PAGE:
Russia’s World Cup opener kicked off at the Luzhniki Stadium in Moscow on the evening of the 14th of June 2018. With Juba scored twice from the bench and goals from Gazinski, Cherishev, and Golovin, the hosts Russia defeated Saudi Arabia 5-0 and won a good start.
The 2018 FIFA World Cup will be held on artificial turf pitches in 11 cities in Russia. Most of the football players who can enter the World Cup are from strong football clubs. They often don’t hesitate to spend money to prepare well-maintained high-quality natural turf pitches for their football stars. For those who have adapted to play in these venues, the artificial turf pitch is indeed a big test.
Everyone knows that Russia is 4000 kilometers wide from north to south and spans 4 climatic zones. Most of the Russian territory is in the northern temperate zone, with diverse climates, mainly temperate continental climate. However, the climate north of the Arctic Circle belongs to the cold zone. The temperature difference is generally large, the average temperature in January is -18℃~-10℃, and the average temperature in July is 11-27℃. The village of Oymyakon in northeastern Russia is one of the coldest settlements in the world, with an average temperature of -50°C in January and a historical low of -71.2°C. In such a cold country, natural grasses are difficult to survive, and planting costs and maintenance costs are quite high. Therefore, in Russia, most football fields use artificial turf.
For a long time, football players and coaches have argued that playing games or training on artificial turf is more likely to cause players to be injured. However, the development of modern technology has enabled artificial turf to be used in more public pitches and professional clubs, but the debate about whether artificial turf will increase the chance of injury continues.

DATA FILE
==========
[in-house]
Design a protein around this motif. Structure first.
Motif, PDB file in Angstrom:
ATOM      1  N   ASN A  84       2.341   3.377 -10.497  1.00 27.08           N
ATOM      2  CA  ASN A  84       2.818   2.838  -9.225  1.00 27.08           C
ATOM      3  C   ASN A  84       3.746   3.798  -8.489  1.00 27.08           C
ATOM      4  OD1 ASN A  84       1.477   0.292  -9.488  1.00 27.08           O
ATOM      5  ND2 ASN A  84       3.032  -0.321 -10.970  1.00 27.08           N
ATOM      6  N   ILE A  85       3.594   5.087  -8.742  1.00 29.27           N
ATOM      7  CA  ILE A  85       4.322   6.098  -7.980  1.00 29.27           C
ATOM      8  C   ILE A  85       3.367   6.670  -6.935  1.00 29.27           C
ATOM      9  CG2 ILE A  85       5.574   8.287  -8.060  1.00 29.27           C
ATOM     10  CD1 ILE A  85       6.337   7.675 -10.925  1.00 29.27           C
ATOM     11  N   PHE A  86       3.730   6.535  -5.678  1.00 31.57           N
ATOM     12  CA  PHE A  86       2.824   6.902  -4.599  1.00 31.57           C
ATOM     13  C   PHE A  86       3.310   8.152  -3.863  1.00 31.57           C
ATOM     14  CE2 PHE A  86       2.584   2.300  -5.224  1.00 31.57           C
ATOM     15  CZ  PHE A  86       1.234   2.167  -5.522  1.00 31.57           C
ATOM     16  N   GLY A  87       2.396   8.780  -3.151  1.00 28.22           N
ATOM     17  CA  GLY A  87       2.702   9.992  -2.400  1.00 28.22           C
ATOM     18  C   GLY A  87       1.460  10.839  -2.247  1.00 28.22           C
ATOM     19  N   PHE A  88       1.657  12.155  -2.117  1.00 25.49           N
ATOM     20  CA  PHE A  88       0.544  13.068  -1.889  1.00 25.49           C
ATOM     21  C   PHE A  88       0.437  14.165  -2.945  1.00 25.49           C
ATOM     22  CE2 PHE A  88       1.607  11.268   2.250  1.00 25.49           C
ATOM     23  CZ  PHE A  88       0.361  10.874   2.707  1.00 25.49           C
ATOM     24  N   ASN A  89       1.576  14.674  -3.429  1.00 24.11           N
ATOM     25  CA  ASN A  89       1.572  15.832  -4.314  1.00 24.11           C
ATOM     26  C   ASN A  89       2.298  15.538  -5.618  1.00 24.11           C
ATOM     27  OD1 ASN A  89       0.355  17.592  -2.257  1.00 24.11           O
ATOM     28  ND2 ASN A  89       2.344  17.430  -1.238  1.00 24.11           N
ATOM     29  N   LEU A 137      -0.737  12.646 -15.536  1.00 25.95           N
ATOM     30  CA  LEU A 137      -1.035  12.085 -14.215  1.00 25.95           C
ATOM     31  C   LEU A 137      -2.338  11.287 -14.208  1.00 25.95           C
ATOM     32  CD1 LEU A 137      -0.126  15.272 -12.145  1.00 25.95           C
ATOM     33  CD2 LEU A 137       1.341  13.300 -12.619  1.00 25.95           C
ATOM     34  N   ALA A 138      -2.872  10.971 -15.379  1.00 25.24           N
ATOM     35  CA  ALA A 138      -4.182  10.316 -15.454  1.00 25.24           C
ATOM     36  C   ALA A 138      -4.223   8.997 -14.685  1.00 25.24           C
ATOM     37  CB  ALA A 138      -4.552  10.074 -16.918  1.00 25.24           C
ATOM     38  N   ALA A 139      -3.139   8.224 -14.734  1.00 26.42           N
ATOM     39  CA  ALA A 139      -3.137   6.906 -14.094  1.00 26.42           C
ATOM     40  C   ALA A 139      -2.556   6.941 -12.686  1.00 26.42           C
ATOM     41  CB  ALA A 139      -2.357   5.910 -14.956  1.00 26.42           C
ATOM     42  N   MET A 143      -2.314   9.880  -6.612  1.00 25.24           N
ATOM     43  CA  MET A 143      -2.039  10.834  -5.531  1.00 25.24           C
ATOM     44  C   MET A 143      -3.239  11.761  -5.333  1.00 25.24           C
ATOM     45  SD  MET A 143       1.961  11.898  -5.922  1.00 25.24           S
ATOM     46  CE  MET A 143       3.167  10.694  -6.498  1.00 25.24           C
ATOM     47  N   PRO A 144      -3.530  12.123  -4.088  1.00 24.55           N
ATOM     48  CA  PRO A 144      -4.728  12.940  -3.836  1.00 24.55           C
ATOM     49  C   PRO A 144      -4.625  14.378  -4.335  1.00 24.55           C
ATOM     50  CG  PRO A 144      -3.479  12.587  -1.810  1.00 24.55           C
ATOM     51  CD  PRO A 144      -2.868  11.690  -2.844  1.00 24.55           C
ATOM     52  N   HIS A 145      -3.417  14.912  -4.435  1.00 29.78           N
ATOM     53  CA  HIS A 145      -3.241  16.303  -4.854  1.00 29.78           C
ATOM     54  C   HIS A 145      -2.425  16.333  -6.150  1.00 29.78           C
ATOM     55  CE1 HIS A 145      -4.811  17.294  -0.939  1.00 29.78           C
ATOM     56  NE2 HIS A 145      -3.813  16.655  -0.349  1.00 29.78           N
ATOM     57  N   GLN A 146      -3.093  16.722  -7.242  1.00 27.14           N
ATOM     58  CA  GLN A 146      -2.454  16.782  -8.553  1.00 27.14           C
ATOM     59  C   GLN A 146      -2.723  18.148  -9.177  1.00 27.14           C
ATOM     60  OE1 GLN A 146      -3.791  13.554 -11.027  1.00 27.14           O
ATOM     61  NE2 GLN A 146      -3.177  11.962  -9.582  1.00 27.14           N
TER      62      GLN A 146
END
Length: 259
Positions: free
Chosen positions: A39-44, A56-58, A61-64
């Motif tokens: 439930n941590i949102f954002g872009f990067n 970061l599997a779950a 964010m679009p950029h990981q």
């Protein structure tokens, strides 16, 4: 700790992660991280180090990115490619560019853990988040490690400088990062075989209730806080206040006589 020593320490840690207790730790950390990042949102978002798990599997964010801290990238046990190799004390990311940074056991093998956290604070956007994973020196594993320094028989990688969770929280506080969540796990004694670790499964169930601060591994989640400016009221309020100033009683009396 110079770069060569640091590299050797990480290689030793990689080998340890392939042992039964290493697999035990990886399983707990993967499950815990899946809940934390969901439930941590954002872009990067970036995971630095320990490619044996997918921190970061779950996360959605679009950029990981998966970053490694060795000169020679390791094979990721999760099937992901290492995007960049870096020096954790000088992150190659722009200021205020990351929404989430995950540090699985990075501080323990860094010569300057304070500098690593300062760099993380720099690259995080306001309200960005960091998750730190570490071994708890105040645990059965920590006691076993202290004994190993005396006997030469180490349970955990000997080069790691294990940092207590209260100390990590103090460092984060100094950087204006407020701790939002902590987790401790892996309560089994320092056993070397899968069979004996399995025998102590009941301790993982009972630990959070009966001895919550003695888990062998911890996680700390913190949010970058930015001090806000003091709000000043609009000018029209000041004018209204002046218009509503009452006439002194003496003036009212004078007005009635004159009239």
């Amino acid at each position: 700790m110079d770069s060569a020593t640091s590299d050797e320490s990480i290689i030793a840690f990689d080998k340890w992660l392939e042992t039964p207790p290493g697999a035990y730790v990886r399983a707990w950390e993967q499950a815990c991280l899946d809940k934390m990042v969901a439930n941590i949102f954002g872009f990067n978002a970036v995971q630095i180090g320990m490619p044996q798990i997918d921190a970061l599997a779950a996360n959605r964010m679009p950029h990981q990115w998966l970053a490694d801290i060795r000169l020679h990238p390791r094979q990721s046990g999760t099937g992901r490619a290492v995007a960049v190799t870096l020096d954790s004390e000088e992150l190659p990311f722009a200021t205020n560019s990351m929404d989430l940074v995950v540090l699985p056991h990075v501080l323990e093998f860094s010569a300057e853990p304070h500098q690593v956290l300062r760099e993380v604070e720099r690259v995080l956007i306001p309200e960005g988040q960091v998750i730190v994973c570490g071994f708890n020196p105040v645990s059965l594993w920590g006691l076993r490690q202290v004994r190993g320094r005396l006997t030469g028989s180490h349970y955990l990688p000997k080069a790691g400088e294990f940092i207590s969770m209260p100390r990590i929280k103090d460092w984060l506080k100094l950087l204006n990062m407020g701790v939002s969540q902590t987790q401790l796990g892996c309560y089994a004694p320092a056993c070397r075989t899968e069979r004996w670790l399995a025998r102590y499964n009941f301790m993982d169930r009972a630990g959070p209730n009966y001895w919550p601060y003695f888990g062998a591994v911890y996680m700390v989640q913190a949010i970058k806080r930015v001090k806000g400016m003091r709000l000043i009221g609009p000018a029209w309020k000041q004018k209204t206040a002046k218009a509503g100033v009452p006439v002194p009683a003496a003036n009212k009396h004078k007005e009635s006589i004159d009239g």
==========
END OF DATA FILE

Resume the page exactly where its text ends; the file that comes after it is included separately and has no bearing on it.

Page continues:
Studies have shown that artificial turf has some key properties that help reduce the stress on knees. This is no doubt, especially with some that are dry and hard, often accompanied by grooves and local baldness from the natural turf.
Another key point is that training and competition on artificial turf will be different, mainly in the speed of the ball, and the track of the ball rolling will change more. Therefore, players tend to take less aggressive defensive actions, such as less sliding tackles. No matter what kind of turf, this will definitely reduce the chances of players getting injured.
Finally, the players themselves have an inherent prejudice against playing on artificial turf. They often feel that playing on artificial turf will be more fatigued, and more technical requirements. This may be because the pace of football games is faster, or they often compete on soft natural turf. However, we are not sure whether this concept of them is correct, but in fact the feeling of fatigue and the pace of the game are related to the strategies adopted by the players in the game.